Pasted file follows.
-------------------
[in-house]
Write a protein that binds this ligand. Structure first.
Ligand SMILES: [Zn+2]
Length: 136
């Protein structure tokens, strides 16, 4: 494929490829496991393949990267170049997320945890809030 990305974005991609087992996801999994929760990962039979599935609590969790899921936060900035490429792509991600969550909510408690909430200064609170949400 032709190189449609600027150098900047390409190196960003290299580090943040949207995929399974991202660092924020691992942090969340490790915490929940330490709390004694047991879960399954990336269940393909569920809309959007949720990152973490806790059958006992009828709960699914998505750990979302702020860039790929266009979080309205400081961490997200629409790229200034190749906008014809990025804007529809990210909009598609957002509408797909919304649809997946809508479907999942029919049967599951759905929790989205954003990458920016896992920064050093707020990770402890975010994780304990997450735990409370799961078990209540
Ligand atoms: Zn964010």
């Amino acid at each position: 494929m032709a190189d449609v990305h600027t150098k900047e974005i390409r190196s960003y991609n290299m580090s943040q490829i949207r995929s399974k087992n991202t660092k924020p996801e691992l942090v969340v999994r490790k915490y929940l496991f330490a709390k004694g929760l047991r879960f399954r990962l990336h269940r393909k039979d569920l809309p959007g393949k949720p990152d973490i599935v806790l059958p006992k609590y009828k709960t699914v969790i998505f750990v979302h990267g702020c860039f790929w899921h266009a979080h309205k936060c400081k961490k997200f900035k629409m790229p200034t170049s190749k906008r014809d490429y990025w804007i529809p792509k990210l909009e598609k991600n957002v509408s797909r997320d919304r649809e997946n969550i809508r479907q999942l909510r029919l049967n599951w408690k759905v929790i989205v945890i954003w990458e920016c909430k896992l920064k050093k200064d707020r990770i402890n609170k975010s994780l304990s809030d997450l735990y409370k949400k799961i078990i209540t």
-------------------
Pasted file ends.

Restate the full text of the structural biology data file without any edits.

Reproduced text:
[in-house]
Write a protein that binds this ligand. Structure first.
Ligand SMILES: [Zn+2]
Length: 136
């Protein structure tokens, strides 16, 4: 494929490829496991393949990267170049997320945890809030 990305974005991609087992996801999994929760990962039979599935609590969790899921936060900035490429792509991600969550909510408690909430200064609170949400 032709190189449609600027150098900047390409190196960003290299580090943040949207995929399974991202660092924020691992942090969340490790915490929940330490709390004694047991879960399954990336269940393909569920809309959007949720990152973490806790059958006992009828709960699914998505750990979302702020860039790929266009979080309205400081961490997200629409790229200034190749906008014809990025804007529809990210909009598609957002509408797909919304649809997946809508479907999942029919049967599951759905929790989205954003990458920016896992920064050093707020990770402890975010994780304990997450735990409370799961078990209540
Ligand atoms: Zn964010």
């Amino acid at each position: 494929m032709a190189d449609v990305h600027t150098k900047e974005i390409r190196s960003y991609n290299m580090s943040q490829i949207r995929s399974k087992n991202t660092k924020p996801e691992l942090v969340v999994r490790k915490y929940l496991f330490a709390k004694g929760l047991r879960f399954r990962l990336h269940r393909k039979d569920l809309p959007g393949k949720p990152d973490i599935v806790l059958p006992k609590y009828k709960t699914v969790i998505f750990v979302h990267g702020c860039f790929w899921h266009a979080h309205k936060c400081k961490k997200f900035k629409m790229p200034t170049s190749k906008r014809d490429y990025w804007i529809p792509k990210l909009e598609k991600n957002v509408s797909r997320d919304r649809e997946n969550i809508r479907q999942l909510r029919l049967n599951w408690k759905v929790i989205v945890i954003w990458e920016c909430k896992l920064k050093k200064d707020r990770i402890n609170k975010s994780l304990s809030d997450l735990y409370k949400k799961i078990i209540t």